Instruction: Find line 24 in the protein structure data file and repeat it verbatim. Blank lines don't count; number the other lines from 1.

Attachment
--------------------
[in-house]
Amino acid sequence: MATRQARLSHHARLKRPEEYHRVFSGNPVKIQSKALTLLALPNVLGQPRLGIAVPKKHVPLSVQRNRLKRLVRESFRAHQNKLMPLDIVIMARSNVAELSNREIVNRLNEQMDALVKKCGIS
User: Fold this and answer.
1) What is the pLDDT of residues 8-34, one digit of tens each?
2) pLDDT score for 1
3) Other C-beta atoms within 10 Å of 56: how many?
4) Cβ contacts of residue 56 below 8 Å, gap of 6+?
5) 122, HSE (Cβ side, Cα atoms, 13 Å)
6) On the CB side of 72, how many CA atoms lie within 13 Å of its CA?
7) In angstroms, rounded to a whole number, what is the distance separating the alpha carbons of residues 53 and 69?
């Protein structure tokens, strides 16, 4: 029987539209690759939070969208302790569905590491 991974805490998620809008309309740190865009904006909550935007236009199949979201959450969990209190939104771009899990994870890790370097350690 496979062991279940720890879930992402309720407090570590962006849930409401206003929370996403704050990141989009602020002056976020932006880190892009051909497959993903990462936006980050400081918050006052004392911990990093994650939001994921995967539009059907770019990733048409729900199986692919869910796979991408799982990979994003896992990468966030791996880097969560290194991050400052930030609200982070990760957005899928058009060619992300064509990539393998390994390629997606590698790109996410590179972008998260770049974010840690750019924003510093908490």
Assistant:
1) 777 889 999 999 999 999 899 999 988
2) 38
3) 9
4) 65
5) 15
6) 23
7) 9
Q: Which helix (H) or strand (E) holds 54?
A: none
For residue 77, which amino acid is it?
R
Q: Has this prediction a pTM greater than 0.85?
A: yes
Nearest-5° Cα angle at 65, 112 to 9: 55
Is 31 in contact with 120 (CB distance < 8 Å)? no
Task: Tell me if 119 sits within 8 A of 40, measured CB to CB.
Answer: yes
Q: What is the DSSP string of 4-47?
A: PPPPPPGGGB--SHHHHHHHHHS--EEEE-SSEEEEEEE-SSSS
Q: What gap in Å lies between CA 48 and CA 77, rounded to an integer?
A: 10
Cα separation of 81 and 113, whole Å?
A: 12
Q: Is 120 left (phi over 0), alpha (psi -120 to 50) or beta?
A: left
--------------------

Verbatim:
Q: Has this prediction a pTM greater than 0.85?